Brant Buckley Interviews Blues Guardian Keith Dixon Nelson

Keith Dixon Nelson, grandson of legendary musician/songwriter Willie Dixon talks about his grandfather, Blues Heaven, and Chess Records.

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Keith Dixon Nelson is the grandson of legendary musician Willie Dixon. He works at The Blues Heaven Foundation in Chicago. Located at 2120 South Michigan Ave, Blues Heaven resides in the old Chess Records building. Dixon gives tours of the studio space and educates artists. His goal is to create a blues resurgence by bringing the genre to a younger audience.

Keith Dixon with grandpa Willie Dixon
Keith with his grandfather, Willie Dixon Photo: Mary Katherine Aldin

Brant Buckley:

Could you talk about the Blues Heaven Foundation? What is your mission?

Keith Dixon Nelson:

The mission of Blues Heaven is to educate artists on the business of working in music and entertainment. We provide resources for artists to get help. We have people come in to mentor and work with artists to educate them.

What do people come away with after touring Chess Records? It seems to me, that most people do not realize Blues Heaven exists, and are not aware how important Chess Records was.

Most people that come and visit are from overseas. People will come in from the states. A lot of people learn more about the history and what took place here from artists recording here to the artists that came in and worked at Chess Records. For instance Percy Mayfield, no relationship to Curtis Mayfield, wrote “Hit the Road Jack” for Ray Charles. Ray worked with Percy frequently. The original version was recorded here at Chess.

Is there a new recording studio at Chess Records? Are you building one?

We have a studio. It is all functioning older equipment. We have an engineer who donated all of the equipment to the foundation. We are setting up to start recording this summer. We are going to start off with local artists and work our way up to bigger artists.

What is your greatest Willie Dixon story?

I am his grandson so I have many. I will give you one that my grandmother filled me in on.

My Grandfather was at home and said, “Marie I don’t have any songs that are specifically for me that people know me by.” My grandmother told him to write some songs for himself. Within a couple of weeks he came up with two songs.

He would come up with the arrangements by patting on his stomach and would sing “Hoy Hoy I’m your boy. I’m 300 pounds of heavenly joy.” My grandmother looked at him and told him it was the worst damn song she had ever heard in her life.

He started singing his next song, “Some folks are built like this. Some folks are built like that. But the way I’m built don’t ya call me fat because I’m built for comfort. I ain’t built for speed.” Again she told him it was the worst song she had ever heard in her life.

My grandmother was the biggest Howlin’ Wolf fan you could meet on the planet. Howlin’ Wolf ended up recording both of those songs and my grandmother saw Howlin’ Wolf perform the songs live. Wolf walked over and said, “Marie what do you think of those two I did? I feel those are going to be my next big records.” She said, “Chester, I am going to tell you the same way I told my husband when he asked me about those songs. Those two are the best damn songs I have ever heard in my life.”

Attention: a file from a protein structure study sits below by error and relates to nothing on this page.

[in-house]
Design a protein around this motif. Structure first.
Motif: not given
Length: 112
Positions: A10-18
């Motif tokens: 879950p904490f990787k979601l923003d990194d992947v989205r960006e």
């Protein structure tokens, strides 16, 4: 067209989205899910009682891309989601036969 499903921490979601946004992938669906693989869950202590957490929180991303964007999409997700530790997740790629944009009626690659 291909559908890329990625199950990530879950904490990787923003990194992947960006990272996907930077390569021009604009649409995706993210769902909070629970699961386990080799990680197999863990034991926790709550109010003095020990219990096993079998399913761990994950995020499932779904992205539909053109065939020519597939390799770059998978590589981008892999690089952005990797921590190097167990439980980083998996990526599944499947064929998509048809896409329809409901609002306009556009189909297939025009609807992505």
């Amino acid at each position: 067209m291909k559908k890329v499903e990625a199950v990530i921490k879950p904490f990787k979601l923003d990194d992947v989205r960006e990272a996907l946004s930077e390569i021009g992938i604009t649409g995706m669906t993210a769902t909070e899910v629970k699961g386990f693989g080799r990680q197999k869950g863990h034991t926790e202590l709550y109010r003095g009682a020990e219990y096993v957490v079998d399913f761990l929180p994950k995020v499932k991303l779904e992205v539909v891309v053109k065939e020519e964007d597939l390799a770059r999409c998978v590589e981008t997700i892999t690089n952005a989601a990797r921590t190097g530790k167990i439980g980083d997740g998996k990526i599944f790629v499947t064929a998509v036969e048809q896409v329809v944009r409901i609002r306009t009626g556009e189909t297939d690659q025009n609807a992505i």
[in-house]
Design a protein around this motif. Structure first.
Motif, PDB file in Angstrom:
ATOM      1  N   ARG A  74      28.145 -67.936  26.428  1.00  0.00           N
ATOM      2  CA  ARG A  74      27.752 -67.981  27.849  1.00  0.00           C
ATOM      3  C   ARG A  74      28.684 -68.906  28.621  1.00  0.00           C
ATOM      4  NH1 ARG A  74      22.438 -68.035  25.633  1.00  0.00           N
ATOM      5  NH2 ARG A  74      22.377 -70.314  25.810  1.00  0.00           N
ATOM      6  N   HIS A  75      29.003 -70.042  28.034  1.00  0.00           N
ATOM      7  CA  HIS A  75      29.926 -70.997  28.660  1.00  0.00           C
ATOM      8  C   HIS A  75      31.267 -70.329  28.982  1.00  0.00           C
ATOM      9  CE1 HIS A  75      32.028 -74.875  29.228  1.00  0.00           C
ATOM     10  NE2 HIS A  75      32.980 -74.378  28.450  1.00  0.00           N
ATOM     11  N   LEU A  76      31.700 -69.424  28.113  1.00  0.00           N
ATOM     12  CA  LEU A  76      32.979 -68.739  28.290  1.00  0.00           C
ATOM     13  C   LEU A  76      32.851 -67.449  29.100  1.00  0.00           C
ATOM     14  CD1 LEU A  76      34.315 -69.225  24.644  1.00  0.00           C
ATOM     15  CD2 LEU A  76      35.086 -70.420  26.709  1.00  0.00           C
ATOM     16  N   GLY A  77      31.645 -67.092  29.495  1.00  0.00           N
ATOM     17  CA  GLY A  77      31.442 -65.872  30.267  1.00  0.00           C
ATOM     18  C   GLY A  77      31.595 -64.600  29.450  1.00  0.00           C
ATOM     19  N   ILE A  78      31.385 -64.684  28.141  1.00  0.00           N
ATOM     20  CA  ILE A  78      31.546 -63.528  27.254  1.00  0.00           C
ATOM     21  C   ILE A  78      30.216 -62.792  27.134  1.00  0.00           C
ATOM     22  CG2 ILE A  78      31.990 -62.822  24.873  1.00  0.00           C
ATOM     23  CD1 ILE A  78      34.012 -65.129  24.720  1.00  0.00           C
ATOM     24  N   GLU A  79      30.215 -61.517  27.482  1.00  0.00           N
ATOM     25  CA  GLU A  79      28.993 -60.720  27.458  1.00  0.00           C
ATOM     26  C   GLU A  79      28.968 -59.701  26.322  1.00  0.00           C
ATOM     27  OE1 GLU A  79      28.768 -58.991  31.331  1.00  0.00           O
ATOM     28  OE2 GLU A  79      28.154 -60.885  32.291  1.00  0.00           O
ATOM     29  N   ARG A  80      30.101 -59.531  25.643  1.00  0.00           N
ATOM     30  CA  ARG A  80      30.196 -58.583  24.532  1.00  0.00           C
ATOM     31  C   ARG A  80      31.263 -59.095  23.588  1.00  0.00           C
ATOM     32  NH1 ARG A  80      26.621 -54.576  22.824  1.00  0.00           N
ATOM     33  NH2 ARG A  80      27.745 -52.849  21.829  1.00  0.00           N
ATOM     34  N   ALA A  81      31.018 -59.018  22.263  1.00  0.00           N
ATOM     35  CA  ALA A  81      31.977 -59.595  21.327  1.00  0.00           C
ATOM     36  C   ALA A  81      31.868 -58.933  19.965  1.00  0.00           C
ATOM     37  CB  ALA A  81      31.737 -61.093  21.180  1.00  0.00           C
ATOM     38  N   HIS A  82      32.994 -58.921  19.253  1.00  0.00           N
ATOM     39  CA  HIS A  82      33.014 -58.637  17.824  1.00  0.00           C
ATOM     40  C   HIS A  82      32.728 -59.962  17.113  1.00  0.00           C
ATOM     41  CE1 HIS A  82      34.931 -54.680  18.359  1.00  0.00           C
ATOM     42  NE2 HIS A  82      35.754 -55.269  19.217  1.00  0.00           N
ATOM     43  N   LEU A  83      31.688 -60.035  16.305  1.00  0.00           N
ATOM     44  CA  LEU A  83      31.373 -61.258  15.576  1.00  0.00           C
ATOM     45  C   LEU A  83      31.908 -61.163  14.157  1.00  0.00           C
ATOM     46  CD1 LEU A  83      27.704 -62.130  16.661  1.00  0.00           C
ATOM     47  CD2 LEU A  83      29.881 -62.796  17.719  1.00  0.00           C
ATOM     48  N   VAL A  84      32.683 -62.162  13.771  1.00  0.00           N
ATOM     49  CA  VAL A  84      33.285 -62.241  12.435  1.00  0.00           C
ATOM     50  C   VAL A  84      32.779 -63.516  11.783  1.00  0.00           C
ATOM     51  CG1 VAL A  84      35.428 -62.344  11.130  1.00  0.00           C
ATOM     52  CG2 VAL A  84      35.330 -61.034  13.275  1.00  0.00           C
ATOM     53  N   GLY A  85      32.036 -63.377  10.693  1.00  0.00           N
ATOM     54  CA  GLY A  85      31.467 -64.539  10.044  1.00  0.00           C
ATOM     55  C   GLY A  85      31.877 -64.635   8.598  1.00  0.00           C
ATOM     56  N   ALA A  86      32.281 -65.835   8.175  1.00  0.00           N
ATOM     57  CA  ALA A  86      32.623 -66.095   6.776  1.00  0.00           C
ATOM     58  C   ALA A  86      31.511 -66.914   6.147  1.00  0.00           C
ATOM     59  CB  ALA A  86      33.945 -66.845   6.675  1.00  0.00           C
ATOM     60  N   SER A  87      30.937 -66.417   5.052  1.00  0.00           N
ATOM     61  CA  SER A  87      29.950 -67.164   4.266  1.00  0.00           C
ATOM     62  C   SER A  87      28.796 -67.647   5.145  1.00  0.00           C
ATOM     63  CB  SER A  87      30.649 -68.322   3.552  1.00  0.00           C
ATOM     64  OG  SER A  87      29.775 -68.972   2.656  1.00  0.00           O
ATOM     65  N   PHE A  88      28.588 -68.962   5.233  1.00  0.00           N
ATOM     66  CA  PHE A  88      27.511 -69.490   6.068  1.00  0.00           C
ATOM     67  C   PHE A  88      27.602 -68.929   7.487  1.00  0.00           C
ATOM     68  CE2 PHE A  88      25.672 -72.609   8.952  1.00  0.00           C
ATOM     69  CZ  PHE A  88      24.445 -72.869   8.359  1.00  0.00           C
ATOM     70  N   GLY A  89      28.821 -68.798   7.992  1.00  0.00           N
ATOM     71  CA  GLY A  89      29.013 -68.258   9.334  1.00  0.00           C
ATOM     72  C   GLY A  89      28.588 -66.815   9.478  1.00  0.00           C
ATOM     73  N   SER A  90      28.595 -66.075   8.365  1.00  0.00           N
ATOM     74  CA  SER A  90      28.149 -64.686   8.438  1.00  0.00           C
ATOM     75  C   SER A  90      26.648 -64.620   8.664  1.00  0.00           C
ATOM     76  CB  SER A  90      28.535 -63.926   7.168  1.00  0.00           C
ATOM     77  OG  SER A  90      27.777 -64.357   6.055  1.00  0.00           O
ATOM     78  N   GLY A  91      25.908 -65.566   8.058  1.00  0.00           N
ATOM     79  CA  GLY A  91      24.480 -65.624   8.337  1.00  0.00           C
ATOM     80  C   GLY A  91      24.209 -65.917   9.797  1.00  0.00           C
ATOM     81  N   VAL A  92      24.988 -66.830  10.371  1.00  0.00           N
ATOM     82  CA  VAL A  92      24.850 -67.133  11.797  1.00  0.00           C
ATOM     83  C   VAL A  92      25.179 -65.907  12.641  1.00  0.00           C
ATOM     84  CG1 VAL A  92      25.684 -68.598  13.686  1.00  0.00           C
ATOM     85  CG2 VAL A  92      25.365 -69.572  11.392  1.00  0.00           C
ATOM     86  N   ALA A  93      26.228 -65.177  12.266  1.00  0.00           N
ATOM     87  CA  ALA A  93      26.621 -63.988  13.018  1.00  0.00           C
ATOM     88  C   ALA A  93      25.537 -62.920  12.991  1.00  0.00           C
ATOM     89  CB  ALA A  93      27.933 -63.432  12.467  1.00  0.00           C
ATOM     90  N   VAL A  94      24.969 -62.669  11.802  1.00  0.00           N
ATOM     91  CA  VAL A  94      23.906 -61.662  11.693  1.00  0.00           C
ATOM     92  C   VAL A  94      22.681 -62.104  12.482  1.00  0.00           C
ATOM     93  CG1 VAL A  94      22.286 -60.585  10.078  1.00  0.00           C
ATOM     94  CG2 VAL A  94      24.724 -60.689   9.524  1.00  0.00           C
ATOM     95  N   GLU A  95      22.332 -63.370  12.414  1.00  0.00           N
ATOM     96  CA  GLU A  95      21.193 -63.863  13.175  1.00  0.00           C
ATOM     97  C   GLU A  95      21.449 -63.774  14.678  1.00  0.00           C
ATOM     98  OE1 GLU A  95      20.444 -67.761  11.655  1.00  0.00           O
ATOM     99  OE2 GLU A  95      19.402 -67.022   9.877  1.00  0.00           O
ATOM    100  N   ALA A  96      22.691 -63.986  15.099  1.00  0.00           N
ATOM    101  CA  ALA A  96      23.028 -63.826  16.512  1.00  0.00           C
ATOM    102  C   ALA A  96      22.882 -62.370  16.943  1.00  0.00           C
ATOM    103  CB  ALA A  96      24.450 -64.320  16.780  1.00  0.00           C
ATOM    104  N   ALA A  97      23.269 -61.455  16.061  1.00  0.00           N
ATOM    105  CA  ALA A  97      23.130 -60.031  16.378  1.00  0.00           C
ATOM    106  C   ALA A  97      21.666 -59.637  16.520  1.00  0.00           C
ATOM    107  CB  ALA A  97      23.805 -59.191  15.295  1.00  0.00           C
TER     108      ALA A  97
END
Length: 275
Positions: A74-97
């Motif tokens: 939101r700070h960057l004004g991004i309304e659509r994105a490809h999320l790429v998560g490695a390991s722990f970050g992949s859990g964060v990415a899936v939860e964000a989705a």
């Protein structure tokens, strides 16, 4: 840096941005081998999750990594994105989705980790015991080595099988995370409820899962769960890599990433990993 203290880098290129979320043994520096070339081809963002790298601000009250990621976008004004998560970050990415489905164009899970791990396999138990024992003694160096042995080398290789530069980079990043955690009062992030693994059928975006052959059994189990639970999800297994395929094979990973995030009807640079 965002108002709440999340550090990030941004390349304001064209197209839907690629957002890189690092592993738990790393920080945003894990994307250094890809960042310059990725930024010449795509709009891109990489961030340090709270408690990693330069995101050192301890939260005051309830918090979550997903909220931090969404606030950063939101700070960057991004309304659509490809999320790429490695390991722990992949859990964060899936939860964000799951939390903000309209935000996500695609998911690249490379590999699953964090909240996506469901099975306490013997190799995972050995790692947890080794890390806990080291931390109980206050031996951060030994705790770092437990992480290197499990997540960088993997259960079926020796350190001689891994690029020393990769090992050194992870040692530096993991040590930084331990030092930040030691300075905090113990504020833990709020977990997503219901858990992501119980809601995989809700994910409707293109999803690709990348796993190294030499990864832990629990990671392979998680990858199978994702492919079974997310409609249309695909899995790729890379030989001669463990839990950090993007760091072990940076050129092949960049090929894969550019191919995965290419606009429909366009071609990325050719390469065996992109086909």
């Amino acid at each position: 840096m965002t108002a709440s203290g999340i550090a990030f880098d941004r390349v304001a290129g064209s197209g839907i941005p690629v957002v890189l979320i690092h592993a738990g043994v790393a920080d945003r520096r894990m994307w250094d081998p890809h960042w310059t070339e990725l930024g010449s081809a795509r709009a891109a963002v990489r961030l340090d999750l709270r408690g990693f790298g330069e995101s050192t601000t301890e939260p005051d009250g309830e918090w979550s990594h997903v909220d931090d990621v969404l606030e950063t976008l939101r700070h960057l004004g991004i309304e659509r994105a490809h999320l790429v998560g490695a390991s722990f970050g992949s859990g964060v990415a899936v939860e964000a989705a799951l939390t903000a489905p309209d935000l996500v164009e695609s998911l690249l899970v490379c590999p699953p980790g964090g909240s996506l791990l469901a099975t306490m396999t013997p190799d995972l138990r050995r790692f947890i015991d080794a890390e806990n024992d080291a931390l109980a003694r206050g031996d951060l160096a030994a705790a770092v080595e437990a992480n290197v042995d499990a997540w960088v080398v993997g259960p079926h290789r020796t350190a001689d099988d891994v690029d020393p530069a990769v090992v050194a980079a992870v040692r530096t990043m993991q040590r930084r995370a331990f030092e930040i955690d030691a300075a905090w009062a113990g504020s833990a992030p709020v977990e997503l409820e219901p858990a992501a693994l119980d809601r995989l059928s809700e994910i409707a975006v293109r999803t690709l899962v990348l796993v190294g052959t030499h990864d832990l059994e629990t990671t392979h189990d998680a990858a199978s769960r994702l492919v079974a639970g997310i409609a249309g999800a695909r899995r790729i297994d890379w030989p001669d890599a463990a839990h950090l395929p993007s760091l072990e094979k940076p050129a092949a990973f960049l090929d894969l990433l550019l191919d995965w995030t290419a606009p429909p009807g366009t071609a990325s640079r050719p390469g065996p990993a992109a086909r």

My grandfather knew he may not sound the greatest but someone in the world would make his songs sound the way they were supposed to. My grandmother said, “Willie, I will never say anything bad about your songs ever again because I clearly do not know what a hit record is.”

Where do you think the blues is heading and what else do you want to accomplish with Blues Heaven Foundation?

My personal goal is to introduce blues to a younger audience. A lot of young artists know a little bit about the blues, but they don’t understand this is a form of music that still is very popular and still makes money.

Most people use the term keep the blues alive. The blues is always going to be alive. All forms of music are always going to be alive. I look at it from what my grandfather used to say, “Blues are your roots and everything else are your fruits.” What he means is that all forms of music don’t die, they evolve over time. Blues developed into Rock and Roll. Rock and Roll developed into rap and all of these other forms of music. These forms of music are always going to be alive. Original forms of music, which are your roots, will always be there.

My goal is to get a resurgence of younger artists into blues music. At the same time, I want to educate people and let people know this music is still used today. It is sampled in the most popular forms of music. It is still played very heavily in Rock and Roll. It’s sampled very heavily in rap and hip hop.

Some of the biggest hit records over the last 10 years are samples of blues records, soul records, and R&B records. Some of them have even come from Chess Records. I always tell people one of the biggest records that people have heard, seen, and listened to is the song “Good Feeling,” by Flo Rida. It’s Etta James’ “Something’s Got a Hold On Me.”

My goal is to let the younger generation really see what the blues has been and what it can be. To keep the music popular and create a resurgence, the blues needs the young people.

Keith Dixon photo Howard Greenblatt
Keith with his grandpa Willie’s bass. Photo: Howard Greenblatt

Willie Dixon’s Blues Heaven

*Feature image Marlon Hulett courtesy of Keith Dixon Nelson